Raptis (1992), out of 184 authors, 59 (32·07%) were LIS teachers.
Language of Articles
Number of
Language articles Percentage
English 94 96·91
German 1 1·03
Portuguese 1 1·03
Russian 1 1·03
Total: 97 100·00
According to another survey of sixteen journals conducted by Buttlar
(1991), most of the authors (18·69%) were faculty of LIS schools.
Language of Articles
Most of the articles 94 (96·91%) were published in English. The other
three articles were in German, Portuguese and Russian (see Table V). The
large number of articles published in English language is due to the reason
that the official language of Pakistan is English. Almost all of the Pakistani
authors who went abroad for education purposes went to English-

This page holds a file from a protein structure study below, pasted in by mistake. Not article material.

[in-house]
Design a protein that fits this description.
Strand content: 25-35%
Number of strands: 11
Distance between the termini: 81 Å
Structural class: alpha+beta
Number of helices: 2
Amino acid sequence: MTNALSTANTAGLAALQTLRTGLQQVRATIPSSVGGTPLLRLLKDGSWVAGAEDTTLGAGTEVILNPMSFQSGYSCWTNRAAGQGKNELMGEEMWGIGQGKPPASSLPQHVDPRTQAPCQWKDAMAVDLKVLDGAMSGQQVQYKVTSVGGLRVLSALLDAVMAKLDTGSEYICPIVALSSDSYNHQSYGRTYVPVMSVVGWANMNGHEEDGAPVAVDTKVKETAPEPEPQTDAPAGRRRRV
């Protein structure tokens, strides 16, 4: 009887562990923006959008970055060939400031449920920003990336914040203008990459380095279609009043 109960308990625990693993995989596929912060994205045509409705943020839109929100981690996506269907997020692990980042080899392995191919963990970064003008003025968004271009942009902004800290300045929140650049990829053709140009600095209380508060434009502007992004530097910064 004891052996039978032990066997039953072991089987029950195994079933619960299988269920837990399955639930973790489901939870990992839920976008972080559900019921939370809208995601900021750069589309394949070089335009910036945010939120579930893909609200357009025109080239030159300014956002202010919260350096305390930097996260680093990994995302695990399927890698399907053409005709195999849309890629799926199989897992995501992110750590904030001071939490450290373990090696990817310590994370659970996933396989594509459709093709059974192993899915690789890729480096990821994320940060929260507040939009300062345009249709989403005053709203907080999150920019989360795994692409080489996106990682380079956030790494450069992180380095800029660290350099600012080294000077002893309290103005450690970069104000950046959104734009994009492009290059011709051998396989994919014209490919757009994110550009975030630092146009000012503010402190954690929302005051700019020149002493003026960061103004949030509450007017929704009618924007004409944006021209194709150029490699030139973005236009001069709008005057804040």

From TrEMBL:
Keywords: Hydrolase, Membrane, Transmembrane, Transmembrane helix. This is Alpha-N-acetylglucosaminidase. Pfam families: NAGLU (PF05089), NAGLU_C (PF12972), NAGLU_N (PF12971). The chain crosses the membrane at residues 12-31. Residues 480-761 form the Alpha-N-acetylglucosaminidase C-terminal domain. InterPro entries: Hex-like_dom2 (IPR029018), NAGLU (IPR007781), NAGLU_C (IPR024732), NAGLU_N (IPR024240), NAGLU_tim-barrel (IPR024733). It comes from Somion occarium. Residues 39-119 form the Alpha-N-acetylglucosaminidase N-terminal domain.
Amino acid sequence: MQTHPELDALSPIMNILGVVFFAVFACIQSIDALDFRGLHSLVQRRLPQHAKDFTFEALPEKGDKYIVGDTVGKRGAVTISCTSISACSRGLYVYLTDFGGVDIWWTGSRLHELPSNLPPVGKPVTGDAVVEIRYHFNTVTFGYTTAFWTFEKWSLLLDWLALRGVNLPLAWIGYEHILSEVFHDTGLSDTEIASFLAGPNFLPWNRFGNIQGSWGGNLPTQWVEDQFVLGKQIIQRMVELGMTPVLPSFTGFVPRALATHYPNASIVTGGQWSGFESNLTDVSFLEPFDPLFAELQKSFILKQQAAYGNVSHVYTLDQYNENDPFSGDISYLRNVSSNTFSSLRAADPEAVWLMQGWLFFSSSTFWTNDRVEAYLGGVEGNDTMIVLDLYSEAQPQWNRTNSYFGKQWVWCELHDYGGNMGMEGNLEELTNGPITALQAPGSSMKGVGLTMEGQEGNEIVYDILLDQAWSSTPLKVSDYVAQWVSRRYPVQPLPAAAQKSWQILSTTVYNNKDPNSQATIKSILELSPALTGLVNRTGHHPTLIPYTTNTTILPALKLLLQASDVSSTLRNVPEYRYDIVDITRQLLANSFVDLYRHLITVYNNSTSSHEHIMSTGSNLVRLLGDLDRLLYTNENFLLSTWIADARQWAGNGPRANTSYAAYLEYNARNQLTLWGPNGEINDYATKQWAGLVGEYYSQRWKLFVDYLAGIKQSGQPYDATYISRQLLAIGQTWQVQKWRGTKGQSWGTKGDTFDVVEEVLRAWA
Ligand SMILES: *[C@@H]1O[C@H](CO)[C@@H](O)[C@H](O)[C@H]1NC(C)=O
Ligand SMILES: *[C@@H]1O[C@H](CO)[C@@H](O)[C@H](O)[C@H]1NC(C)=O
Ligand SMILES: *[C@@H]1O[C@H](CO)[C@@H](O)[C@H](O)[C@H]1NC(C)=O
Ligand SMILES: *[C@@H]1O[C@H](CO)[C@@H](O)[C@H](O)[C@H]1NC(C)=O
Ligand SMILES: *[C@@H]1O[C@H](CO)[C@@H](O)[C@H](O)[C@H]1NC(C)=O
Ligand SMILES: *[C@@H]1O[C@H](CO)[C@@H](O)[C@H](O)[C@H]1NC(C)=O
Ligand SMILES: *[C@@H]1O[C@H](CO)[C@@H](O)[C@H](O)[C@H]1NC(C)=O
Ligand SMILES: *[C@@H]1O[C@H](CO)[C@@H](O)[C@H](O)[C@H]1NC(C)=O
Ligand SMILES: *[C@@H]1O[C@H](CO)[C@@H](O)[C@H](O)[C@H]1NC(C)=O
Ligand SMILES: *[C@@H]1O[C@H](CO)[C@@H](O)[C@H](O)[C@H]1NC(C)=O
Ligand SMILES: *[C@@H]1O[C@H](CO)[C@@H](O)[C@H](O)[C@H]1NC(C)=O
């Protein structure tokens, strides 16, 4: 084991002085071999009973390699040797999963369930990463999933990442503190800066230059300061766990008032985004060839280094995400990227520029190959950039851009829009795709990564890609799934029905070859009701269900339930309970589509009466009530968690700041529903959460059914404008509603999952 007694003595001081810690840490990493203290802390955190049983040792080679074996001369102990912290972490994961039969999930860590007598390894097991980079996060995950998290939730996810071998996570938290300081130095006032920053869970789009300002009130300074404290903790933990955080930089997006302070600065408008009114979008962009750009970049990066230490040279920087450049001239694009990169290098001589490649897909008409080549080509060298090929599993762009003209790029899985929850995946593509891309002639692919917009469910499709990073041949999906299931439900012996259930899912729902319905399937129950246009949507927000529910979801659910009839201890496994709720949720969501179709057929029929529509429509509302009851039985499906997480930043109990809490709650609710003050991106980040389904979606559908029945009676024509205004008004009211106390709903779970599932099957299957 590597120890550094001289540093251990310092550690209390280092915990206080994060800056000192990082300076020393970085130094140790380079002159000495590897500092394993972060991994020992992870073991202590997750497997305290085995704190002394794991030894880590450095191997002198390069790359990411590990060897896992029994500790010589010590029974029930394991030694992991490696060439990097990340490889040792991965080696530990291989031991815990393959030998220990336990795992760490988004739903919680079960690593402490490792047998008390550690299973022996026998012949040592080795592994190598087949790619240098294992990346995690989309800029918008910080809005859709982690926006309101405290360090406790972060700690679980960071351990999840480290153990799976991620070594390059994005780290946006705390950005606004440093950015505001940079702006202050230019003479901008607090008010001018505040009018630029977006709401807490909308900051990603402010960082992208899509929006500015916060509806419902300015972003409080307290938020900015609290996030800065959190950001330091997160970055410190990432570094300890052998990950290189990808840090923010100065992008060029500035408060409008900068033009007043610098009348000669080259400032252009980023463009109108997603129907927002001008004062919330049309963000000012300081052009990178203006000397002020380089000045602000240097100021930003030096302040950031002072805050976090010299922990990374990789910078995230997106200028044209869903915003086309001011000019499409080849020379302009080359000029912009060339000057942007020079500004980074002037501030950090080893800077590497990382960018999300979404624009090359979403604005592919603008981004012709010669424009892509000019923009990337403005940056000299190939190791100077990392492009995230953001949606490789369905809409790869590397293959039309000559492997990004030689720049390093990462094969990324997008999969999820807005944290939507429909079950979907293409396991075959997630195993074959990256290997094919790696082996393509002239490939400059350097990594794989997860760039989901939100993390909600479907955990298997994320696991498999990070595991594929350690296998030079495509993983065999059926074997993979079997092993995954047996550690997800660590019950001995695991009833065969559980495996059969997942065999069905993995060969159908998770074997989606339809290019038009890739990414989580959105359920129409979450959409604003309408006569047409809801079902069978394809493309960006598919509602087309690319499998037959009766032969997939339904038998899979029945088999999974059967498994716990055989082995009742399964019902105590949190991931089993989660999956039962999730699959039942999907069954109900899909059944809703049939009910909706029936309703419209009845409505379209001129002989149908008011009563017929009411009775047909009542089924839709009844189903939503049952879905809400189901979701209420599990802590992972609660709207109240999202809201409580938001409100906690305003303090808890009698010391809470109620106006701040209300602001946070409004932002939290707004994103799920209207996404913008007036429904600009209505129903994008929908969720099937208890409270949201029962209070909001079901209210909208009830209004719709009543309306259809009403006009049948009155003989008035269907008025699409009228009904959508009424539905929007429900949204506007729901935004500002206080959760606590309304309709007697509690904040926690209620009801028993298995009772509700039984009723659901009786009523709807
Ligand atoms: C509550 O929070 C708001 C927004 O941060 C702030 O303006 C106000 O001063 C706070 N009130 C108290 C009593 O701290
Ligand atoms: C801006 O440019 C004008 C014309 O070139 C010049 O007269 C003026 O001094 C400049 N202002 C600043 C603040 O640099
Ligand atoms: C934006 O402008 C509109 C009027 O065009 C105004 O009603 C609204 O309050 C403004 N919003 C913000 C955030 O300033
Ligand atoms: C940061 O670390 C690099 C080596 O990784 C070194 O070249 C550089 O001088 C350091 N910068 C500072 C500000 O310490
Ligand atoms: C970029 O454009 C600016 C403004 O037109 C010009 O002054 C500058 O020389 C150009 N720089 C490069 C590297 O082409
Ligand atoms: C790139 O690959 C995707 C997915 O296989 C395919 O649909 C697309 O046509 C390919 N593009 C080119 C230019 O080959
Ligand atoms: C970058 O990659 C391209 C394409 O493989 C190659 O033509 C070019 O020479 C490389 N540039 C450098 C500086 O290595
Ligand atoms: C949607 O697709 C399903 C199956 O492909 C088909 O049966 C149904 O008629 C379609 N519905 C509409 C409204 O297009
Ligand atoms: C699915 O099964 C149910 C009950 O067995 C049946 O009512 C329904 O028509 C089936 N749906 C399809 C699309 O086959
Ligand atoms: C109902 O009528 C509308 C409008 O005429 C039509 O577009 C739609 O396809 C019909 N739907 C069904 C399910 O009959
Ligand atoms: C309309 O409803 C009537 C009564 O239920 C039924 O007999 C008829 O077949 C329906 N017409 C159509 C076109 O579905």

speaking countries like the USA, UK and Australia. They wrote for
foreign journals published in English. Other authors from abroad who
had any concern with Pakistani librarianship and came to Pakistan for
various assignments were also from USA to UK. They also wrote on the
topics in which they had experience.
Publication Year of Articles
The span of 49 years was divided into nine groups. In the first group of
9 years only one article was published; that article was published in 1952.
After 1980 there was a trend of increase in the publication. The maximum
number of articles, 23 (23·71%), were published during 1991–1995 (see
Table VI). If we examine the data according to the number of published
articles during a single year, 1988 and 1994 will be ranked at the first two,
when the number of articles were eight each. If we divide the total period
studied, i.e. 49 years, into two equal parts, we will find that only 20
(20·62%) articles were published during the first half, while the rest, 77